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2 Ex-Premiers Oppose Brexit
International

2 Ex-Premiers Oppose Brexit

John Major and Tony Blair warned a vote to leave the EU will “jeopardize the unity” of the UK, as they campaigned together in Northern Ireland.

They suggested a Leave vote may reopen Scotland’s independence issue and put Northern Ireland’s “future at risk” by threatening its current stability, BBC reported.

But Northern Ireland Secretary Theresa Villiers said support for the peace process there was “rock solid”. She said it would be “highly irresponsible” to suggest otherwise.

Northern Ireland first minister and DUP leader, Arlene Foster, said she found the intervention “rather sad”.

She told journalists, “I do find it rather disgraceful for two prime ministers who know full well the importance of the peace process here in Northern Ireland to come over here and suggest that a vote in a particular direction is going to undermine that.”

The former Conservative and Labour prime ministers, who were instrumental in the Northern Ireland peace process in the 1990s, hit the campaign trail there as Remain campaigners attempted to make the future of the UK a key question in the 23 June referendum on EU membership.

It was a message echoed by former US president, Bill Clinton, in an article for the New Statesman, who said he worried for Northern Ireland’s “future prosperity and peace” if the UK votes to leave.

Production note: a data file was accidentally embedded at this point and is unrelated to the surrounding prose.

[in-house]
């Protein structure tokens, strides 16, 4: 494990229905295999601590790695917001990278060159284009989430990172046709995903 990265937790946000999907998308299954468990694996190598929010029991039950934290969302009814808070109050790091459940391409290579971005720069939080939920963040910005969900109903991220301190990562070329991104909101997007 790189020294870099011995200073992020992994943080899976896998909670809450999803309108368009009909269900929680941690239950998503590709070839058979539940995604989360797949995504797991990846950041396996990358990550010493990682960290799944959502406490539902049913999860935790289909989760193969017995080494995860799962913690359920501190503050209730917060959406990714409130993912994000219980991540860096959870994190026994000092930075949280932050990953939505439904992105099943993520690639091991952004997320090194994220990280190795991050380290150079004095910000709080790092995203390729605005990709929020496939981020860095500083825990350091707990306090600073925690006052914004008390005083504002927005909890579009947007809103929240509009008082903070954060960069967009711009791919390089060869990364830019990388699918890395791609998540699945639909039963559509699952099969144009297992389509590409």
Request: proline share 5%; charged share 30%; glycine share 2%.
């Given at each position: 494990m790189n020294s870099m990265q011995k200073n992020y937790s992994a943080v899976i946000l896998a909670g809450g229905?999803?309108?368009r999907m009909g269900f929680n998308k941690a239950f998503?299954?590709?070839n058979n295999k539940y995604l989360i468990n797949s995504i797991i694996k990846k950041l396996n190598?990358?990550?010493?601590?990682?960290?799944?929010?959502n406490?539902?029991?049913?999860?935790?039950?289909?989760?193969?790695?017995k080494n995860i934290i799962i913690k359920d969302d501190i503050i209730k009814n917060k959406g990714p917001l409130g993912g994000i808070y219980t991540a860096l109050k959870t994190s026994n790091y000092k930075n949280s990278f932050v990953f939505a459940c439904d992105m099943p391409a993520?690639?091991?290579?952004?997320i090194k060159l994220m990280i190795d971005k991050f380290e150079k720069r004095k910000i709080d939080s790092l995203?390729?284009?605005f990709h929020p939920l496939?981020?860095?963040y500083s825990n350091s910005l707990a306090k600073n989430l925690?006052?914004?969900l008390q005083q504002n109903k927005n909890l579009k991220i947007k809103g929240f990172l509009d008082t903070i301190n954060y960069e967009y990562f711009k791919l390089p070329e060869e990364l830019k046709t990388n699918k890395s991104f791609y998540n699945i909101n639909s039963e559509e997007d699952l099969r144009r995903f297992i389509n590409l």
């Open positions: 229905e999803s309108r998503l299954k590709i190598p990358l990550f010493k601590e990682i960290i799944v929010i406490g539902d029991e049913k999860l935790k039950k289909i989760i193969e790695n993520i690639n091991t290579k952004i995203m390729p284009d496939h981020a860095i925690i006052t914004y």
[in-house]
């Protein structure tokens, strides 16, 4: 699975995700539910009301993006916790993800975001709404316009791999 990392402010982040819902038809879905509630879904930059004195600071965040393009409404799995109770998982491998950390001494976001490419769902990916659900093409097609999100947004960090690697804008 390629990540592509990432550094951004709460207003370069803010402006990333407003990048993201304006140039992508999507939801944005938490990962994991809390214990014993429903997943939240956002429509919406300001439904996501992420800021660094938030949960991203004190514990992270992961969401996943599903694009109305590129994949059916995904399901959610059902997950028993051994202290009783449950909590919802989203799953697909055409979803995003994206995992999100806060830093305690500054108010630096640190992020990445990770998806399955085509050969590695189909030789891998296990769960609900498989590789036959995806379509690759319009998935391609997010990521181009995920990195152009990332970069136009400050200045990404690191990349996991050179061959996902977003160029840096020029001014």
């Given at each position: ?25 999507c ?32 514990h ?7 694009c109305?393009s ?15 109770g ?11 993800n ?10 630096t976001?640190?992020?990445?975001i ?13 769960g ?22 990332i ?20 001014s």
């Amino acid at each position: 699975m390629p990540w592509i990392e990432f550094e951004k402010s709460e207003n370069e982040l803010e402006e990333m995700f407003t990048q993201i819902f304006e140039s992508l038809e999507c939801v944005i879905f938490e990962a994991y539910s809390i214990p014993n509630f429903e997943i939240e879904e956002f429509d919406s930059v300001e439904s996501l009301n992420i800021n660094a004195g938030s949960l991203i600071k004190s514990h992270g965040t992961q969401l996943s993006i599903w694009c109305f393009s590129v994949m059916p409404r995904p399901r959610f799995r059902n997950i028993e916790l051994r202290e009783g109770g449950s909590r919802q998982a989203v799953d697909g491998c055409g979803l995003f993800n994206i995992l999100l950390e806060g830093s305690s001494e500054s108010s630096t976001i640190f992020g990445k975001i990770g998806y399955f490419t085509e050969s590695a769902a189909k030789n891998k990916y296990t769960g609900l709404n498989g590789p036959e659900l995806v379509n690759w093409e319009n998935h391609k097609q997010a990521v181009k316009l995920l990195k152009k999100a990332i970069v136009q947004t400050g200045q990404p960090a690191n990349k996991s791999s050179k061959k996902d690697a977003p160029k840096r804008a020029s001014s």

Chancellor George Osborne will travel to Scotland amid warnings that if the UK voted to leave the EU, but Scotland opted to stay in, it could trigger another referendum on Scotland’s future in the UK.

Leave-supporting Conservatives have attacked the claims, saying they buy into the SNP’s “bogus narrative” on separation.

But in a joint appearance, Major and Blair—former political rivals who led the country between 1990 and 1997 and 1997 and 2007 respectively—warned that the “unity of the UK itself is on the ballot paper” in two weeks time.

Major said there was a “serious risk” of another independence referendum and, if Scotland found itself out of the EU, he could “envisage a different result” to the one in 2014.

He argued that a vote to leave the EU would also risk “destabilizing the complicated and multilayered constitutional settlement that underpins the present stability in Northern Ireland”—a situation that in his words would be a “historic mistake”.

“It would throw all the pieces of the constitutional jigsaw up into the air again, and no one could be certain where they would land,” Major said.

Ireland would be “on the other side of the table” to Britain in its post-Brexit negotiations, he added.

 

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